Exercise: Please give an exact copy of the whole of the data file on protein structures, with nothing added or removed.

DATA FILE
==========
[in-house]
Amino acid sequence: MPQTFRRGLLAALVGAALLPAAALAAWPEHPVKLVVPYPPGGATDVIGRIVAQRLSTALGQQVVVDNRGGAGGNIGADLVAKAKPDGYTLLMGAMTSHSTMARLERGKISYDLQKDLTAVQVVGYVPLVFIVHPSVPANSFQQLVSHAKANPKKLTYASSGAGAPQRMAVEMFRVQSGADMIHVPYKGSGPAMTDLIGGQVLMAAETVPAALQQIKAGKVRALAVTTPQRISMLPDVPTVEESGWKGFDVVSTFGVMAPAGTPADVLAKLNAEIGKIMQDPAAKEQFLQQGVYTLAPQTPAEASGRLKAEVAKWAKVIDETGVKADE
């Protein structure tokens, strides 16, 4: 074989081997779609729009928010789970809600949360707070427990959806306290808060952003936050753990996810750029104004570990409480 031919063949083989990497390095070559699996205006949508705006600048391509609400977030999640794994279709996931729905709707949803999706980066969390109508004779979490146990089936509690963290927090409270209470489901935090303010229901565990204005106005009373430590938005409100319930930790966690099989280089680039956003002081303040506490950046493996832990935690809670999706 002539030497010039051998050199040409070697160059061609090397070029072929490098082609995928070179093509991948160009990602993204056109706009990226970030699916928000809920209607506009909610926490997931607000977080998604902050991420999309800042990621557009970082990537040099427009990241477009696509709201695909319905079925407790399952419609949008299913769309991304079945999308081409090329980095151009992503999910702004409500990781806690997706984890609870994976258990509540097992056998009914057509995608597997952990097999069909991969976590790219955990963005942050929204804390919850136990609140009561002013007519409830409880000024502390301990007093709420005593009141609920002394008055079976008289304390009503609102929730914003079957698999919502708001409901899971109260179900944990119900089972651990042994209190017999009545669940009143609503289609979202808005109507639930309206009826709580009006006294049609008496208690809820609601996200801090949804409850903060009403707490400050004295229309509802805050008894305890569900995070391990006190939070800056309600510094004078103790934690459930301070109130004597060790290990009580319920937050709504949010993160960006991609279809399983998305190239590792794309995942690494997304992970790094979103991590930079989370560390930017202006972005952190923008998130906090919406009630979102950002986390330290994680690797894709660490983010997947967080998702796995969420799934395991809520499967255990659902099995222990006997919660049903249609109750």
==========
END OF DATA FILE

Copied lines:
[in-house]
Amino acid sequence: MPQTFRRGLLAALVGAALLPAAALAAWPEHPVKLVVPYPPGGATDVIGRIVAQRLSTALGQQVVVDNRGGAGGNIGADLVAKAKPDGYTLLMGAMTSHSTMARLERGKISYDLQKDLTAVQVVGYVPLVFIVHPSVPANSFQQLVSHAKANPKKLTYASSGAGAPQRMAVEMFRVQSGADMIHVPYKGSGPAMTDLIGGQVLMAAETVPAALQQIKAGKVRALAVTTPQRISMLPDVPTVEESGWKGFDVVSTFGVMAPAGTPADVLAKLNAEIGKIMQDPAAKEQFLQQGVYTLAPQTPAEASGRLKAEVAKWAKVIDETGVKADE
């Protein structure tokens, strides 16, 4: 074989081997779609729009928010789970809600949360707070427990959806306290808060952003936050753990996810750029104004570990409480 031919063949083989990497390095070559699996205006949508705006600048391509609400977030999640794994279709996931729905709707949803999706980066969390109508004779979490146990089936509690963290927090409270209470489901935090303010229901565990204005106005009373430590938005409100319930930790966690099989280089680039956003002081303040506490950046493996832990935690809670999706 002539030497010039051998050199040409070697160059061609090397070029072929490098082609995928070179093509991948160009990602993204056109706009990226970030699916928000809920209607506009909610926490997931607000977080998604902050991420999309800042990621557009970082990537040099427009990241477009696509709201695909319905079925407790399952419609949008299913769309991304079945999308081409090329980095151009992503999910702004409500990781806690997706984890609870994976258990509540097992056998009914057509995608597997952990097999069909991969976590790219955990963005942050929204804390919850136990609140009561002013007519409830409880000024502390301990007093709420005593009141609920002394008055079976008289304390009503609102929730914003079957698999919502708001409901899971109260179900944990119900089972651990042994209190017999009545669940009143609503289609979202808005109507639930309206009826709580009006006294049609008496208690809820609601996200801090949804409850903060009403707490400050004295229309509802805050008894305890569900995070391990006190939070800056309600510094004078103790934690459930301070109130004597060790290990009580319920937050709504949010993160960006991609279809399983998305190239590792794309995942690494997304992970790094979103991590930079989370560390930017202006972005952190923008998130906090919406009630979102950002986390330290994680690797894709660490983010997947967080998702796995969420799934395991809520499967255990659902099995222990006997919660049903249609109750």